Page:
Bonomo said that if you consider the extent of human impact on wildlife, the figure is much higher. However, Bonomo does not agree with the assessment of humans as top hunters. (Science article authors not available for comment). In ecology, predators have a specific definition: they eat what they kill. “In most cases, we do not kill wild animals to eat them,” Bonomo said. For example, the main reasons for the declining lion population are habitat loss and conflict with humans, who do not want lions to threaten them or their livestock.
Meanwhile, according to a 2017 study published in the journal Fish and Fisheries, people fishing in the oceans discard between 10 and 20 percent of all catches as unwanted catch. According to the US National Oceanic and Atmospheric Administration, animals that are caught unintentionally are often injured or die. “The hunter eats what he kills,” Bonomo and colleagues wrote in an unpublished response to the Science article. Instead, they coined the term “super-consumer.”
The young shark was caught as an unwanted catch and then released back into the water
Bendor et al. Reviewed studies in human physiology, genetics, archeology, and paleontology to determine the level of nutrition of human ancestors in the Pleistocene (2.2 million to 11,700 years ago). They concluded that humans had probably been hunters at the top of the food pyramid for about two million years, and that they ate mostly meat until about 12,000 years ago, when the last ice age ended.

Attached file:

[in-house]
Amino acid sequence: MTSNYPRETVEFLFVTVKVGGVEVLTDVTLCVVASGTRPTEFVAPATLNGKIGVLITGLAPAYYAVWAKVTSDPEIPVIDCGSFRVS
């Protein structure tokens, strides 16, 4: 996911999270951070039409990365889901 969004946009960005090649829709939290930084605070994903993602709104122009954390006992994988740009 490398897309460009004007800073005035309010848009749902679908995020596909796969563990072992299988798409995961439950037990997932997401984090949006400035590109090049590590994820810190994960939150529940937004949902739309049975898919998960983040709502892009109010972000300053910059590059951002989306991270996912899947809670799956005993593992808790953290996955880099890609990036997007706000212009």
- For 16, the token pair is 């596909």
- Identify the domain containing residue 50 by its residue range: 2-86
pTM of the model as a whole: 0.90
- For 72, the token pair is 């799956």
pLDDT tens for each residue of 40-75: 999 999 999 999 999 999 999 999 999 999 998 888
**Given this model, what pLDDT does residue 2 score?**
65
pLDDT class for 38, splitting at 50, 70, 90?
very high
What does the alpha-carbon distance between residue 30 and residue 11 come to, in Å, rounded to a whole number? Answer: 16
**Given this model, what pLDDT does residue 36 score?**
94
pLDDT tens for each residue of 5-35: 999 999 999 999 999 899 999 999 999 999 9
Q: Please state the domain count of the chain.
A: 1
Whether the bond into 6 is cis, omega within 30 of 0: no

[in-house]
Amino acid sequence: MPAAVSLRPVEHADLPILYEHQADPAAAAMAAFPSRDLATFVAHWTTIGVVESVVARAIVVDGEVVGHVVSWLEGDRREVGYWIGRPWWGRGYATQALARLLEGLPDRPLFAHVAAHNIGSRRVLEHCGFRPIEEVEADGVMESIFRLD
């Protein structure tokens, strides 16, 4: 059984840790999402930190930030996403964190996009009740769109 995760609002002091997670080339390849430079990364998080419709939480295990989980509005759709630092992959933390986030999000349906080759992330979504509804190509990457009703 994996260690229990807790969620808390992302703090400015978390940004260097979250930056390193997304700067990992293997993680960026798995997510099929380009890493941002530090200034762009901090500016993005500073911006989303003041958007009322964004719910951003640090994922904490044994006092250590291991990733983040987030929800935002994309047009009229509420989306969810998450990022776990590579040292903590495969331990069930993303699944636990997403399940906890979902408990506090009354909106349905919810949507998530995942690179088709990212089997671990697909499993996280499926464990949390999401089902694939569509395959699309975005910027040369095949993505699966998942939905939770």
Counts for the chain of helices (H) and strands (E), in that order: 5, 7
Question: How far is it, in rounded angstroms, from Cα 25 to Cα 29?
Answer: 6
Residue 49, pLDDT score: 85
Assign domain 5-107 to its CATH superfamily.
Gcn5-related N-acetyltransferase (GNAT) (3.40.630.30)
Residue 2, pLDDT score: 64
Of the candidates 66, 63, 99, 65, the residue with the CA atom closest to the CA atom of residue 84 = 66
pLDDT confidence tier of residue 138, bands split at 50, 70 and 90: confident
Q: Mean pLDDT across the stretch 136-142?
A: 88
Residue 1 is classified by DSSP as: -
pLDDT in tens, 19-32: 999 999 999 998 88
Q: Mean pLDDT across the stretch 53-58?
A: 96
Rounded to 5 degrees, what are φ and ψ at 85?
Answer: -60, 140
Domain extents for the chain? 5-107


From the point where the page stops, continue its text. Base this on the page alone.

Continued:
According to a review study published in 2021 in the American Journal of Biological Anthropology, humans have more physiological similarities with carnivores than vegetarians. Some of these similarities include a very acidic stomach that breaks down complex proteins and kills harmful bacteria, and high body fat that helps carnivores starve for a while before the next big hunt.
In addition, the analysis of different nitrogen isotopes (different versions of the element nitrogen), the ratio of which usually increases with a meat-rich diet, in ancient human remains indicates high nitrogen ratios compared to the ratio of nitrogen isotopes to those in the diet. It is a plant. This analysis is another piece of evidence that shows that ancient humans ate a lot of meat.
“Several changes may have led humans to a lower level in the food chain,” Bendor et al. Wrote in their review article. According to them, the initial change was the extinction of large animals such as furry mammoths. Around the same time, humans began to develop technologies that helped them consume more plants, such as making stone tools and using them to process grain.
But even if we were once hunters at the top of the food pyramid with our meat-rich diets, it does not mean that modern humans have to climb the ladder of nutrition, Bendor told LiveScience. “This does not necessarily mean that because we were carnivores in the past, we are at the top of the food chain today,” he said. “However, our interest in meat is linked to our meat-eating past during the Pleistocene.”